Table 2:Variety body system involved in ADRs
Image for - Characteristics of Adverse Drug Reactions and Related Risk Factors among Female Patients
*Other systems related system impairment with <5 ADRs’ reports. Others represent the total of each ADRs with = 1 report

Table 3:Frequency of reports by medicine categories and suspect drugs
Image for - Characteristics of Adverse Drug Reactions and Related Risk Factors among Female Patients

Table 4:Latency of ADR’s onset
Image for - Characteristics of Adverse Drug Reactions and Related Risk Factors among Female Patients
T refers to the latency periods, which was calculated from the beginning of medication to the onset of ADRs

Table 5:Risk factors contributed to latency periods of ADRs assessed by multivariate analysis
Image for - Characteristics of Adverse Drug Reactions and Related Risk Factors among Female Patients
*p-value indicated statistical significance. ADRs, Adverse drug reactions, CI: Confidence interval, HR: Hazard ratio

Table 6:Medical interventions associated with ADRs
Image for - Characteristics of Adverse Drug Reactions and Related Risk Factors among Female Patients

DISCUSSION

This study was conducted by doctors and pharmacists’ intensively monitoring to report ADRs to explore the specific characteristics and the duration period of ADRs of side effects of medications that happened in female patients. Previous studies have shown that many factors involved in ADRs, including self-perceived health status, gender, age, sex, as well as drug-related factors19-21. In our present study, the most frequent ADRs were rash, perineum, vulva or vaginal discomfort, as well as nausea, consistent with previous reports. Ranked from least to most likely of side effects were as follows: anti-tumour agents, female reproductive system agents, antimicrobial agents and patent medicines of TCM, respectively. There are some different aspects: (1) we focused on female due to the different genes, genetics, hormone variations, biological rhythms and other physical conditions between male and female21,22. Furthermore, the uses of specific medications for female patients, such as oral contraception, the herbal remedy which can conversely influence body endocrine environment23. In addition, it has been revealed that women were more prone to ADRs than male24. (2) The latency periods of ADR in selected drugs. ADRs were classified as type A and type B according to drugsdose18. Therapeutic agents and the treatment period were reported to be associated with the latency and acuity of ADRs onset25. However, very little was known about the latency of ADRs’ of different medications. Our results have shown that about 55.74% of patients got ADRs due to the administration of Patent medicines of TCM. Further analyses showed that Patent medicines of TCM also had the shortest mean latency of ADRs. These data indicated that we should take more attention to the ADRs caused by Patent medicines of TCM. Our data also showed that both age and allergy histories were positively correlated with the latent periods of ADRs. (3) We emphasized the outcome of ADRs patients with or without intervention. A previous study suggested that the average length of hospital stay ranged from 8-17 days because of ADRs6. So we performed two weeks follow-up since ADRs happened to the end of ADRs with or without interventions.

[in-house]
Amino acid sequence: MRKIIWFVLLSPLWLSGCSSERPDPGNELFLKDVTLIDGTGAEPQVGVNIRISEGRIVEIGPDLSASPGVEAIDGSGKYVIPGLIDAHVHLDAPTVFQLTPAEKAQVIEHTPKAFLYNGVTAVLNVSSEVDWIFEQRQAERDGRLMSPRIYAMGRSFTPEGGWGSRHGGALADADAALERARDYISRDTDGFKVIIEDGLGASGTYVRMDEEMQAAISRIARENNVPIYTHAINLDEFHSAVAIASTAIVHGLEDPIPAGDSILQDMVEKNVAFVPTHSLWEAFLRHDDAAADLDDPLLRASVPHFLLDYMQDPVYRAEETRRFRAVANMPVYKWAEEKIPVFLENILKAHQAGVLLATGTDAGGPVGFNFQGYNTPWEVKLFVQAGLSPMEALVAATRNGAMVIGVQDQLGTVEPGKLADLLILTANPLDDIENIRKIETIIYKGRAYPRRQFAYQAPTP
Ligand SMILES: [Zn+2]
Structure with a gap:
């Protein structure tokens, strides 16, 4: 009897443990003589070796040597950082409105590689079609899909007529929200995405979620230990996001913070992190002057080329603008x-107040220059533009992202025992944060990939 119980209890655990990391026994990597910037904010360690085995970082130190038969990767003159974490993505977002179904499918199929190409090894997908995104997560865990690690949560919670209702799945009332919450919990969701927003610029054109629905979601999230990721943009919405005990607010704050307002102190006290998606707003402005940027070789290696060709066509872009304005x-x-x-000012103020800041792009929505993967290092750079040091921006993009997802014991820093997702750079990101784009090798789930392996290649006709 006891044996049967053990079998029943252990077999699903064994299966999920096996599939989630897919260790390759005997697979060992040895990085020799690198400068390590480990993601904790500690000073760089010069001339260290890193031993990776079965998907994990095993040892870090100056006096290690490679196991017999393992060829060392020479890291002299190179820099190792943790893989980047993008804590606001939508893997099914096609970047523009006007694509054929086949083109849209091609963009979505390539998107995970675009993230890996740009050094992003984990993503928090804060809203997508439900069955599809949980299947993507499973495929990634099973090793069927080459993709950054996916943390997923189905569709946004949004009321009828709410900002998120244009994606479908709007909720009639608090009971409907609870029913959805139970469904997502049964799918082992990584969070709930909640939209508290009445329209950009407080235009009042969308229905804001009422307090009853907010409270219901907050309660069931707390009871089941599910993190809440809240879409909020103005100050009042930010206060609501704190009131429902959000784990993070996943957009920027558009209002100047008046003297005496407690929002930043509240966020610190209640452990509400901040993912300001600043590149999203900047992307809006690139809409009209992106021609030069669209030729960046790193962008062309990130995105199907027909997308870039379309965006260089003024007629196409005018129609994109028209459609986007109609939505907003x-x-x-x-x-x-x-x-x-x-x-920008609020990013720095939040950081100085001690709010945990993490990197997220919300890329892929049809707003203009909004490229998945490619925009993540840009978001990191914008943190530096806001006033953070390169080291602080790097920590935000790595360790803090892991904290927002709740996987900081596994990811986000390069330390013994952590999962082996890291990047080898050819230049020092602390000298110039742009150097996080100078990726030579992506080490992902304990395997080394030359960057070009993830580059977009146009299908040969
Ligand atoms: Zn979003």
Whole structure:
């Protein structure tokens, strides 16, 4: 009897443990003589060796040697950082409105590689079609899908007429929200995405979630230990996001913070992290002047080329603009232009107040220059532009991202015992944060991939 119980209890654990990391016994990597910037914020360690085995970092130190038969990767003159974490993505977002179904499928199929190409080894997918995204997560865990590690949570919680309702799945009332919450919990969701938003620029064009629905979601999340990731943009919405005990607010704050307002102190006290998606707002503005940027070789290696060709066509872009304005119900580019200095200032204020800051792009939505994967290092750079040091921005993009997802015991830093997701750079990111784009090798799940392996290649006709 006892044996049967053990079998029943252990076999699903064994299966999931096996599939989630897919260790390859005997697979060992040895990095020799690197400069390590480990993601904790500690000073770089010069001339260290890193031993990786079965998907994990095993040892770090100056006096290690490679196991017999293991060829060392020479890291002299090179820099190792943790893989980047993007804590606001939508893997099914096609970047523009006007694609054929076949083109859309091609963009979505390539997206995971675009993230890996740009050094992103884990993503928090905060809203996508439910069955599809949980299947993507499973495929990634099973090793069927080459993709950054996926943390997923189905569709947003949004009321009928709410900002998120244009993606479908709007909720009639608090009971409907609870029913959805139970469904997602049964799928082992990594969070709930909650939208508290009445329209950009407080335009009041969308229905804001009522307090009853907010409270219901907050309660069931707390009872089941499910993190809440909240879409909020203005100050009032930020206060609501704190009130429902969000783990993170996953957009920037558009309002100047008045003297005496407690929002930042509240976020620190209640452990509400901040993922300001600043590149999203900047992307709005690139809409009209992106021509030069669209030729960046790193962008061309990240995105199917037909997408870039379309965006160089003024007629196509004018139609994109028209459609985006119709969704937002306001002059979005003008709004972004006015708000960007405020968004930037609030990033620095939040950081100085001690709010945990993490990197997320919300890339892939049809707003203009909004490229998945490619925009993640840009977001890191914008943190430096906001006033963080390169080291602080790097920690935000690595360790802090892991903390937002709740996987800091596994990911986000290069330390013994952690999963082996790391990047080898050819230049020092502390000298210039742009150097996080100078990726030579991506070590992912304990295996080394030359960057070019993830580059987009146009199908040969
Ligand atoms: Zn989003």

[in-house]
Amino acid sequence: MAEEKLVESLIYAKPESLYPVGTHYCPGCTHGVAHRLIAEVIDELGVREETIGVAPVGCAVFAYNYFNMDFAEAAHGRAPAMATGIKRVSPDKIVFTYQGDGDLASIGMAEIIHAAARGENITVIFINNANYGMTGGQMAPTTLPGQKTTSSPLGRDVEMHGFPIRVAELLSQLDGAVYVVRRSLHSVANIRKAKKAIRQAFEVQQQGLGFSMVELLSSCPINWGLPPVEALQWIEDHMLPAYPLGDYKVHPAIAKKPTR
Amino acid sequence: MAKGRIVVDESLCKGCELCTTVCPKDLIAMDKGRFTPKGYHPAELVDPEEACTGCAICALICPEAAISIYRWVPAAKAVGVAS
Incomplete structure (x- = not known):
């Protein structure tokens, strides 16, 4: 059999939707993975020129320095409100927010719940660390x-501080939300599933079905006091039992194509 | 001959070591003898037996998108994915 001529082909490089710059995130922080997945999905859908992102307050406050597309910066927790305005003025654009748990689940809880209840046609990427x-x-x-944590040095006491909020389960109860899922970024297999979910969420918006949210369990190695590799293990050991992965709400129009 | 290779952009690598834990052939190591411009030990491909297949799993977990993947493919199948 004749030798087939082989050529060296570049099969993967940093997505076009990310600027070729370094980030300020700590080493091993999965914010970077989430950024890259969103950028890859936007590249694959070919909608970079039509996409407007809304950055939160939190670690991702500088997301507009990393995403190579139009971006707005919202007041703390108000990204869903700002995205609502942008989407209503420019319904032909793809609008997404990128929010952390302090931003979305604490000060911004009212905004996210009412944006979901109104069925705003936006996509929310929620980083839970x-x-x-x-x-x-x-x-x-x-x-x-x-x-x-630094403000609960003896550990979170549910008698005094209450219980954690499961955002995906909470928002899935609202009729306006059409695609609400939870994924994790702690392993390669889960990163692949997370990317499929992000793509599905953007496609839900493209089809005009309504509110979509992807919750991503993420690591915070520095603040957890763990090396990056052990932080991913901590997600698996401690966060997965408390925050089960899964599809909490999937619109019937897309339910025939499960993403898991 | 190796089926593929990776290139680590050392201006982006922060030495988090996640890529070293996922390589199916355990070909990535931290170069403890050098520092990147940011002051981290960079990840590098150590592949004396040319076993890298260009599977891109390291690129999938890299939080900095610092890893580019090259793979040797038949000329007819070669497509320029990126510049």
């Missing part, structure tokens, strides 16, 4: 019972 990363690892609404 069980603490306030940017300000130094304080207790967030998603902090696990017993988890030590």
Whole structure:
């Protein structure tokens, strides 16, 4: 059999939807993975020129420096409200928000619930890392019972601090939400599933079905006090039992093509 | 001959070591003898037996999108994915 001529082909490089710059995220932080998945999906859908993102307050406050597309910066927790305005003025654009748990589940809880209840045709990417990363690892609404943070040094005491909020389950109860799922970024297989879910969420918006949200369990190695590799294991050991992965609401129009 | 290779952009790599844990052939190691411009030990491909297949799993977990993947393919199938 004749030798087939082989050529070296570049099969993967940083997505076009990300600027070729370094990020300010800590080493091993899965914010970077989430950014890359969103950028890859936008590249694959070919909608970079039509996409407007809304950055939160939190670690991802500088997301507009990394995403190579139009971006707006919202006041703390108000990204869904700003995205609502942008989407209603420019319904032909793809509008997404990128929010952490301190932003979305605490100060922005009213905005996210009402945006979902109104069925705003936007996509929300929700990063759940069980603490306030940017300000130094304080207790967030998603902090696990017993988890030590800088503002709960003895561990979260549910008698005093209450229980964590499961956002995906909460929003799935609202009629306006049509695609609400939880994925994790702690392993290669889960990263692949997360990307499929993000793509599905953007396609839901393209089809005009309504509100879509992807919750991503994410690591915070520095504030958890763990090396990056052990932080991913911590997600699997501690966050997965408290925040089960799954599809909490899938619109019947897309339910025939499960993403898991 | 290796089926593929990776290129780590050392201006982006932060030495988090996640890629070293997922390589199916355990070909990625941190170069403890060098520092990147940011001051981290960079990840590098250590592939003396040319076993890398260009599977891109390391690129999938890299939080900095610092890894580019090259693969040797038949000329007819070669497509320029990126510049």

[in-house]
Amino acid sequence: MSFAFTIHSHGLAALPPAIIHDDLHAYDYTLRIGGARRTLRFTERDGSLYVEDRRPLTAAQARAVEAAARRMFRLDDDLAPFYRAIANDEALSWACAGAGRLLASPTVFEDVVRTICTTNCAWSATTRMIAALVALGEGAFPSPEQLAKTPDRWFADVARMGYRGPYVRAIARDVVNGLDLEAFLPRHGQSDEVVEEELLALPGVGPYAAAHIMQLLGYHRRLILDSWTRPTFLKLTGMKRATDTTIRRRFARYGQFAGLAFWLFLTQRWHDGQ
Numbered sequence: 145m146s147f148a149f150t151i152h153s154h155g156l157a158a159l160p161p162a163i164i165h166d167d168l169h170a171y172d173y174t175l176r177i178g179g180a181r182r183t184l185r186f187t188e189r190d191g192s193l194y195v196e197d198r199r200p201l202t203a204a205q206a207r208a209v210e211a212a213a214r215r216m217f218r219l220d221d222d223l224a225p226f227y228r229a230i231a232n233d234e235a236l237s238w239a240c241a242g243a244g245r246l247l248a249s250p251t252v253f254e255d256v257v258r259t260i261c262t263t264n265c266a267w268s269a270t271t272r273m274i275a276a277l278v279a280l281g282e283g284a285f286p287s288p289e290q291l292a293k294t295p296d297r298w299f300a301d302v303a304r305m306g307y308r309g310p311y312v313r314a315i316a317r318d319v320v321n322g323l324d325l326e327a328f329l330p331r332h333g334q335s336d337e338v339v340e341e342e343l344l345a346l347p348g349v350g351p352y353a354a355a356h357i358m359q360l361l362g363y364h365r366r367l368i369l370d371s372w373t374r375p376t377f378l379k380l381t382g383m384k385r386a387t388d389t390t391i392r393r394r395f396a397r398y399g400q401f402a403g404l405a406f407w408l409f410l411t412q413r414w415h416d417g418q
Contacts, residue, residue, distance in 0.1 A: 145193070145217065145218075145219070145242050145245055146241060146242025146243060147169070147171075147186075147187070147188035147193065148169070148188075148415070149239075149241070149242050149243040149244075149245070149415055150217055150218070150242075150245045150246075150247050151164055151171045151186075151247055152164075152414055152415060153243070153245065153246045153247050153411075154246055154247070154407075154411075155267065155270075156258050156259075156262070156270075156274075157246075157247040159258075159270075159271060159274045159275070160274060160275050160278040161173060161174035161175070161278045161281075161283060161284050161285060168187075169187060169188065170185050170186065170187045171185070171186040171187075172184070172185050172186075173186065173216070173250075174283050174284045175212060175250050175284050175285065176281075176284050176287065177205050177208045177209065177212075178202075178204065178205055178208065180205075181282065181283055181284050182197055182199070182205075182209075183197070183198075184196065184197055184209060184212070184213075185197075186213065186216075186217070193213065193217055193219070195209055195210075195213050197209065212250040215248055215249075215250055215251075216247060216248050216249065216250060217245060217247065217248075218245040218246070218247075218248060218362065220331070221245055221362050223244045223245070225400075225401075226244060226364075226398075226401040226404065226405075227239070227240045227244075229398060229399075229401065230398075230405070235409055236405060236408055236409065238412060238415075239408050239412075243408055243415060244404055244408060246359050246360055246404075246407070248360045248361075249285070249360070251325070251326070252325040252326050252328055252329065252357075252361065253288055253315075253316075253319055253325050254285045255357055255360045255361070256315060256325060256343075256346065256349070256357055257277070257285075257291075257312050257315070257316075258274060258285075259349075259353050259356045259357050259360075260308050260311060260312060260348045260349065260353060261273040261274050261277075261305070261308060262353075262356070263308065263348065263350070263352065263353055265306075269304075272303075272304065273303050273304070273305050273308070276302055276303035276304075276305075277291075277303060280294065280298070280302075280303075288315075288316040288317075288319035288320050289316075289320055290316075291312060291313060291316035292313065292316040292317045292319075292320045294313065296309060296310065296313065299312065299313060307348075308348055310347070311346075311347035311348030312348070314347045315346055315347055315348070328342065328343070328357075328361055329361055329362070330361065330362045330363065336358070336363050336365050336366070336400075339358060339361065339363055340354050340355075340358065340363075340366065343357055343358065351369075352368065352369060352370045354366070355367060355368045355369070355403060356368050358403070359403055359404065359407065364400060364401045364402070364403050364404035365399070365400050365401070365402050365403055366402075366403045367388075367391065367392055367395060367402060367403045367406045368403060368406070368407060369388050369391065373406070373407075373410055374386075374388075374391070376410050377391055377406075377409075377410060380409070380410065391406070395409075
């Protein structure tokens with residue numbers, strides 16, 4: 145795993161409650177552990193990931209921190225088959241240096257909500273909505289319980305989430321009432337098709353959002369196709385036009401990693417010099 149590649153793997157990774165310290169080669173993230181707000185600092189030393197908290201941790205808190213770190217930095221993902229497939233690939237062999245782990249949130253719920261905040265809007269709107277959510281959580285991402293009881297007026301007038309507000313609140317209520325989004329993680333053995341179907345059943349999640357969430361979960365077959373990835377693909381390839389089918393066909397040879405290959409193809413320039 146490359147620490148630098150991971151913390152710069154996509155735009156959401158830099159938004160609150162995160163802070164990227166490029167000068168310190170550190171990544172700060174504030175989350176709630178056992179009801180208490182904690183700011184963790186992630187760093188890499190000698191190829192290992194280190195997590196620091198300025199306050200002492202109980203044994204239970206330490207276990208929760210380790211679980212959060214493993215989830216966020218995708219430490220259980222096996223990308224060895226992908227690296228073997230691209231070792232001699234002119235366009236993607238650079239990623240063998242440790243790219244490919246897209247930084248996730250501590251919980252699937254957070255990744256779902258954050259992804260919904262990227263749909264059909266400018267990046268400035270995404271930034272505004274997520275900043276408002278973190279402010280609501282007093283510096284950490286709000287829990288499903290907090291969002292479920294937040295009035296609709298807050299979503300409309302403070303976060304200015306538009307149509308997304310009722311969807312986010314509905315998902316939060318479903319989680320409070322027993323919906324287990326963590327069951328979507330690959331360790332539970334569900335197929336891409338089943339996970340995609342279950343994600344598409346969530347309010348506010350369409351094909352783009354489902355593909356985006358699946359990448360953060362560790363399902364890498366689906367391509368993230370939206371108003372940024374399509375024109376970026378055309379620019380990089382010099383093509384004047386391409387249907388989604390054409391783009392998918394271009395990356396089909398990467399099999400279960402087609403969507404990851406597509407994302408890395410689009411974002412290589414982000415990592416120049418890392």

In the study, the majority of outpatients’ ADRs were typically related to patent medicines of TCM mainly it was difficult to classify, extract and standardise. Pharmacovigilance in TCM safety surveillance is still facing many challenges in China. There are some limitations to our study. Further studies are needed to evaluate the frequency of patients administrated with Patent medicines of TCM.

CONCLUSION

By analysis of 357 female patients’ ADRs, it demonstrates that there is a correlation between suspected ADRs and the class of drugs or an individual’s history of allergy. To the specific patient such as using a drug that is apt to induce ADRs or a patient with prior allergies, it will be valuable for the medical team to draw attention to the entire course of medication. Furthermore, the population in intervention-positive groups is considerable, so we propose that actively medical therapies are necessary for particular ADR-exposed patients, which could have potentially positive consequence, such as cutting down the medical expenses, reducing the injury of body status, etc.

SIGNIFICANCE STATEMENT

This study discovers the characteristics of the ADRs in female patients that can be beneficial for providing an increasing number of female-patient based ADR database and valuable data to study pharmacovigilance. This study will help the researcher to uncover the critical areas of the characteristics of the ADRs in female patients that many researchers were not able to explore. Thus, a new theory on the correlation between suspected ADRs and the class of drugs or an individual’s history of allergy may be arrived at.

ACKNOWLEDGMENT

This work was supported by the Specialized Programs of Shanghai "Rising Stars of Medical Talent" Youth Development Program-Clinical Pharmacist Program [ grant number (2017) No. 5].

REFERENCES

1:  van Der Hooft, C.S., M.C. Sturkenboom, K. van Grootheest, H.J. Kingma and B.H.C. Stricker, 2006. Adverse drug reaction-related hospitalisations: A nationwide study in the Netherlands. Drug Saf., 29: 161-168.